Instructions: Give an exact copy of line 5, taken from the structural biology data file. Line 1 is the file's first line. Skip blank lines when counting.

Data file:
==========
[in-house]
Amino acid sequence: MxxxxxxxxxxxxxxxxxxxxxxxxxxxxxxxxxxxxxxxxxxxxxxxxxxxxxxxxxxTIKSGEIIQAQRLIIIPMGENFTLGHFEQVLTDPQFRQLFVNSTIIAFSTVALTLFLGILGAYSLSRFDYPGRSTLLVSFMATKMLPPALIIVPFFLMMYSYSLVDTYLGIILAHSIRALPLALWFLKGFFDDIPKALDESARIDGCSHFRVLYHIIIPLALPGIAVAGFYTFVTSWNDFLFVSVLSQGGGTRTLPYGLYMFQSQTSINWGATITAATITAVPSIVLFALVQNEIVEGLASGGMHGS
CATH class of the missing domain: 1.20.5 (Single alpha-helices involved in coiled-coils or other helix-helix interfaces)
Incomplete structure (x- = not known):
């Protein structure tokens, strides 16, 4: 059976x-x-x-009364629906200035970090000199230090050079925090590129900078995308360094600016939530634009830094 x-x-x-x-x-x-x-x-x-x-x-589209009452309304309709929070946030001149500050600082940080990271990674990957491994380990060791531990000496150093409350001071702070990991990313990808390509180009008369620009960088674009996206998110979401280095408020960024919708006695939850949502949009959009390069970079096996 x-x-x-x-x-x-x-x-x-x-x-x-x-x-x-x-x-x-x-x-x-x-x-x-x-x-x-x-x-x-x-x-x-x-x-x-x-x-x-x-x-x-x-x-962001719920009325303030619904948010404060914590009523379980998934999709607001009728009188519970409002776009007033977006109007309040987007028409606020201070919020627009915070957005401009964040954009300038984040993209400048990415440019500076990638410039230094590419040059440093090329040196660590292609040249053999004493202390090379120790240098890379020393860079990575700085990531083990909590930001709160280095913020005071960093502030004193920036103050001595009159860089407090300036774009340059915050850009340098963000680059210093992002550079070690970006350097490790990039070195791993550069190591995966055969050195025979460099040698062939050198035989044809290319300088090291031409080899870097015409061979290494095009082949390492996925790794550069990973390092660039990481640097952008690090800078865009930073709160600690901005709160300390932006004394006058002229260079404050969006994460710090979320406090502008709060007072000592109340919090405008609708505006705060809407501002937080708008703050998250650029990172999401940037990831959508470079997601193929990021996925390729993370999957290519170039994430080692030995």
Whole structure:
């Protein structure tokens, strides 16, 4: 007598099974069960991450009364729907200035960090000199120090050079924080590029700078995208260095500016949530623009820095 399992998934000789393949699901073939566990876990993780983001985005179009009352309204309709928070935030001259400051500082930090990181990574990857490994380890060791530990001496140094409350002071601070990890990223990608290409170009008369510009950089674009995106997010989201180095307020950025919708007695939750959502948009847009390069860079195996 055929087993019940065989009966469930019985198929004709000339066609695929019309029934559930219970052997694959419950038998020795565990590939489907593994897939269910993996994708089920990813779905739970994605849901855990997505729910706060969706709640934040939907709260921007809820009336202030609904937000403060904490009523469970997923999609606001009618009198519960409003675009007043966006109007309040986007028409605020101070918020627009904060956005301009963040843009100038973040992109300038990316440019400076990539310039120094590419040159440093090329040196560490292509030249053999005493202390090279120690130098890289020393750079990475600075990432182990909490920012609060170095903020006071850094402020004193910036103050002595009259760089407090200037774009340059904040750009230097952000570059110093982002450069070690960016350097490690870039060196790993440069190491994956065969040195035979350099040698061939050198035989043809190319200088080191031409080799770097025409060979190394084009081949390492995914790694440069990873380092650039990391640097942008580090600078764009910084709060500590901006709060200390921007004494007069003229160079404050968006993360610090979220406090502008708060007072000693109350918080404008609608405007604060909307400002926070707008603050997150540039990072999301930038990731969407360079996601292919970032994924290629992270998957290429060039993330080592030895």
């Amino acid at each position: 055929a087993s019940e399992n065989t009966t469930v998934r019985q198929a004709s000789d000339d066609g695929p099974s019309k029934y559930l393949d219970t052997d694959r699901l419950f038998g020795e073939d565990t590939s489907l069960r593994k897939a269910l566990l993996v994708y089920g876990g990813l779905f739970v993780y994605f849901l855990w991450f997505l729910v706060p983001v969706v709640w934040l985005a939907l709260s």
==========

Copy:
């Protein structure tokens, strides 16, 4: 059976x-x-x-009364629906200035970090000199230090050079925090590129900078995308360094600016939530634009830094 x-x-x-x-x-x-x-x-x-x-x-589209009452309304309709929070946030001149500050600082940080990271990674990957491994380990060791531990000496150093409350001071702070990991990313990808390509180009008369620009960088674009996206998110979401280095408020960024919708006695939850949502949009959009390069970079096996 x-x-x-x-x-x-x-x-x-x-x-x-x-x-x-x-x-x-x-x-x-x-x-x-x-x-x-x-x-x-x-x-x-x-x-x-x-x-x-x-x-x-x-x-962001719920009325303030619904948010404060914590009523379980998934999709607001009728009188519970409002776009007033977006109007309040987007028409606020201070919020627009915070957005401009964040954009300038984040993209400048990415440019500076990638410039230094590419040059440093090329040196660590292609040249053999004493202390090379120790240098890379020393860079990575700085990531083990909590930001709160280095913020005071960093502030004193920036103050001595009159860089407090300036774009340059915050850009340098963000680059210093992002550079070690970006350097490790990039070195791993550069190591995966055969050195025979460099040698062939050198035989044809290319300088090291031409080899870097015409061979290494095009082949390492996925790794550069990973390092660039990481640097952008690090800078865009930073709160600690901005709160300390932006004394006058002229260079404050969006994460710090979320406090502008709060007072000592109340919090405008609708505006705060809407501002937080708008703050998250650029990172999401940037990831959508470079997601193929990021996925390729993370999957290519170039994430080692030995």